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An Arab-Israeli boy inspects a burnt mosque after it was torched in the northern Israeli Bedouin village of Tuba-Zangariya on Monday.

Israeli credibility to protect its own Arab population is on the line after an arson attack on a unique Arab village in northern Israel.

In the early hours of Monday morning, someone crept into the large mosque of the village of Tuba-Zangariya and, in a manner similar to attacks recently carried out in the West Bank, set fire to holy books and a carpet, causing considerable smoke damage. On the walls, a vandal spray-painted in Hebrew, "Mohammed is a pig," as well as the words "Revenge" and "Palmer" (apparent references to Asher Palmer, a West Bank settler, and his infant son killed last week when their car crashed following an apparent stoning of the vehicle).

The arsonists, however, picked the wrong community on which to take out their revenge.

This Bedouin village of 5,700 (it sits just a few kilometres north of the Sea of Galilee) is one of the few Arab communities in Israel in which the men serve in the Israel's military, the Israel Defence Forces.

And not just some of the men: "By agreement with the village elders all the boys in Tuba-Zangariya serve in the IDF," said an Israeli military official who spoke on the condition of remaining anonymous.

The Israeli government was quick to express its acute embarrassment and villagers their total outrage.

"This is a horrifying thing," said Essam, a young resident of the village, as he surveyed the scene Monday. "My grandfather was in the Palmach," he said, referring to the elite fighting unit of pre-state Israel's army.

Indeed, some 45 villagers reportedly served in the Palmach during the 1948-49 war that established Israel's existence. They participated in fighting to take back two kibbutzim captured by Syrian forces that had descended from the nearby Golan Heights, and they later fought in Haifa.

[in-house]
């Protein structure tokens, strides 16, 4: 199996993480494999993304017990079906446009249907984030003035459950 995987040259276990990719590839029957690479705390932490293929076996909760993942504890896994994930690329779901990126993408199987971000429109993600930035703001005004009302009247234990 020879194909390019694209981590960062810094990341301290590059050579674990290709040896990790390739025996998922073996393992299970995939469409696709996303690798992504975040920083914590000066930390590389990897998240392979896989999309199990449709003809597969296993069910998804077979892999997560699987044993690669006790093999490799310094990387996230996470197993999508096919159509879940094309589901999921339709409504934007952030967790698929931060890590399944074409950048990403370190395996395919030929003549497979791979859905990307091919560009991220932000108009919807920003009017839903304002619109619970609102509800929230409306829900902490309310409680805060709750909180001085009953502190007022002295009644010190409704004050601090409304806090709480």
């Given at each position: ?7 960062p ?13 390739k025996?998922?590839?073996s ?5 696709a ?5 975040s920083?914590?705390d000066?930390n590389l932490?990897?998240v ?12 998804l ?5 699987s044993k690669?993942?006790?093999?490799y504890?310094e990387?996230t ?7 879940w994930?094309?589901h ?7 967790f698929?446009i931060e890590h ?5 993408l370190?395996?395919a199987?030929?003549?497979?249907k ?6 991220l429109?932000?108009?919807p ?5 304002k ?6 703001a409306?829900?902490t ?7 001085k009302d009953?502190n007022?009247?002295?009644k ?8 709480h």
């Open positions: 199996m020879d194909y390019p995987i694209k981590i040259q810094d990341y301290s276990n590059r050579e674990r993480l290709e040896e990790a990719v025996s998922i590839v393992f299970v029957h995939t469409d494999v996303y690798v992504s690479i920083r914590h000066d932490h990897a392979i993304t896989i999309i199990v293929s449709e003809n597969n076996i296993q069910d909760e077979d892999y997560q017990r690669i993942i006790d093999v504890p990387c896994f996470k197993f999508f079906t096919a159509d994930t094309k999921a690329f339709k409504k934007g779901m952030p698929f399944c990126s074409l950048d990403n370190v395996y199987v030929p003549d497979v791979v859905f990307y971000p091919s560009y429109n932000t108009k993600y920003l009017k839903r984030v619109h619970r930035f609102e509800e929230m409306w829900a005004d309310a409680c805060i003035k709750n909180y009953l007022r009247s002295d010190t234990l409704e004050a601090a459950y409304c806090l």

Since that time, the young men of Tuba-Zangariya have served their country. No wonder Israel's Prime Minister Benjamin Netanyahu was described as being "boiling mad" when he heard the news of the mosque attack, and the country's President and two chief rabbis flew to the scene to express sorrow for the community and contempt for an act that resembled pogroms against Jews in eastern Europe a century ago.

"It is unconscionable that a Jew would harm something that is holy to another religion. This act is un-Jewish, illegal, immoral, and brings upon us heavy shame," President Shimon Peres said.

"The mosque is a red line," said a Muslim villager interviewed on Israel 2 television. "Someone will pay for this."

About 200 young residents of Tuba-Zangariya marched to a nearby junction and set a number of car tires on fire, tying up traffic. When police intervened, the protesters threw rocks at them until the crowd was dispersed with the use of tear gas. No injuries or arrests were reported.

Israeli police have said nothing about suspects in the desecration of the mosque, some of whom are believed to have been taken into custody for questioning. But villagers in Tuba-Zangariya blame rabbis from the nearby Jewish town of Safed for inciting such violence. Safed's chief rabbi, Shmuel Eliyahu, launched a controversial anti-Arab campaign last year prohibiting Jews in the area from renting apartments or rooms to Arabs. Several hundred Arab Israeli students attending college in Safed were his primary target.

Asked Monday on Israel Radio if he would condemn the attack on the Tuba-Zangariya mosque, Rabbi Eliyahu said there was no evidence that Jews had carried out the attack.

"It makes more sense, based on the facts, that this was a feud and not done by Jews," he said. "I've never seen a Jew vandalize a mosque."

Although such apparent acts of vengeance have recently occurred in the West Bank, a similar attack targeted another mosque in the northern Israeli village of Ibtin last year. Jewish extremists are suspected in all of the incidents.